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Genetic Sequencing: an Innovative Method of Confirming your CrowdMed Diagnosis

What is Genetic Sequencing?

Imagine that your body has an instruction manual. It would be millions of pages long, delegating everything from the color of your eyes to the shape of your toenails. Now imagine that there was a single typo somewhere in those millions of pages. It is this typo, or mutation, that causes disease. Genetic sequencing is a computerized method of locating that mutation.

There are two types of genetic sequencing:

  • Whole genome sequencing analyzes all of a patients genes. It costs more but produces more information for research.
  • Exome sequencing analyzes the small portion of your genes where most mutations occur.

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StrangeSick

7 Strange Symptoms You Shouldn’t Overlook

As many rare disease sufferers know, sometimes the key symptom that leads to a diagnosis may be mundane or bizarre.  Whether you are healthy or chronically ill, daily life is full of other concerns to distract you from the seemingly harmless quirks of your body.  Many of these strange ailments are completely benign or explained by something you had not considered, but some may be a message from your body that something is wrong.

Keep in mind that most of these symptoms may occur periodically in any person’s life and are easily explained by other causes.  If your symptom becomes severe, seek medical attention immediately.  If you are experiencing other health issues, however, you may want to mention your strange symptom to your doctor.  It could be another clue in finding the right diagnosis.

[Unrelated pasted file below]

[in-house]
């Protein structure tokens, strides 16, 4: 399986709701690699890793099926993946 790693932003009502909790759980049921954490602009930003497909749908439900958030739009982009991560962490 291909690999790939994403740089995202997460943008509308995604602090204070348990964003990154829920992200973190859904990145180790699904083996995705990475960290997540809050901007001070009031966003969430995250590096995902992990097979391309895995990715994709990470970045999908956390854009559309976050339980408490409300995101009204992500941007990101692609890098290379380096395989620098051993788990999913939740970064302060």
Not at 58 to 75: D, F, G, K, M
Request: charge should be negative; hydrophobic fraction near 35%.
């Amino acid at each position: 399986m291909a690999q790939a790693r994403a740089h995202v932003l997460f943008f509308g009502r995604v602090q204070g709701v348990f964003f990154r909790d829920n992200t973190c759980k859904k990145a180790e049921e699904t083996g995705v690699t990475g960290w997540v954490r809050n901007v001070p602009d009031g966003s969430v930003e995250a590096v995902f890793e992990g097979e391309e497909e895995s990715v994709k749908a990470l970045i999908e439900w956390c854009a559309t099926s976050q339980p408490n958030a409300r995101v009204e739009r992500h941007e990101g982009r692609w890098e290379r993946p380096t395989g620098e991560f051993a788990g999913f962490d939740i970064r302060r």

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face of a mask-wearing woman with fear in the eye.

The Epidemic No One Is Talking About: Rare Disease [Infographic]

There is an undiscussed epidemic happening in our country, and around the world: rare disease.  Rare diseases are incredibly hard to advocate for, despite the fact that they affect so many people.  Precisely because they are rare, it’s hard for companies to make money off them, doctors to educate themselves about them, and patients to advocate for them.

But combined, as you’ll see in the infographic below, these diseases affect more people than the biggest headline-grabbing diseases on the planet.  And that’s why organizations like UR Our Hope (who we partnered with to make this infographic), are slowly beginning to use the power of the internet and crowd mobilization, to make a case that these diseases need more attention. Read more

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5 Diseases Modern Medicine Missed For A Very Long Time

There was a time in history when nearly every medical condition recognized today was an unidentified mystery.  Rabies victims in Europe inspired stories of the holy water-fearing undead and citizens of Salem suffering from Ergot poisoning were hanged for witchcraft, long before medicine had a name and a treatment for either malady.  As medical research and happy scientific accidents led to discoveries like Germ Theory and penicillin, our ability to identify and address common health concerns grew.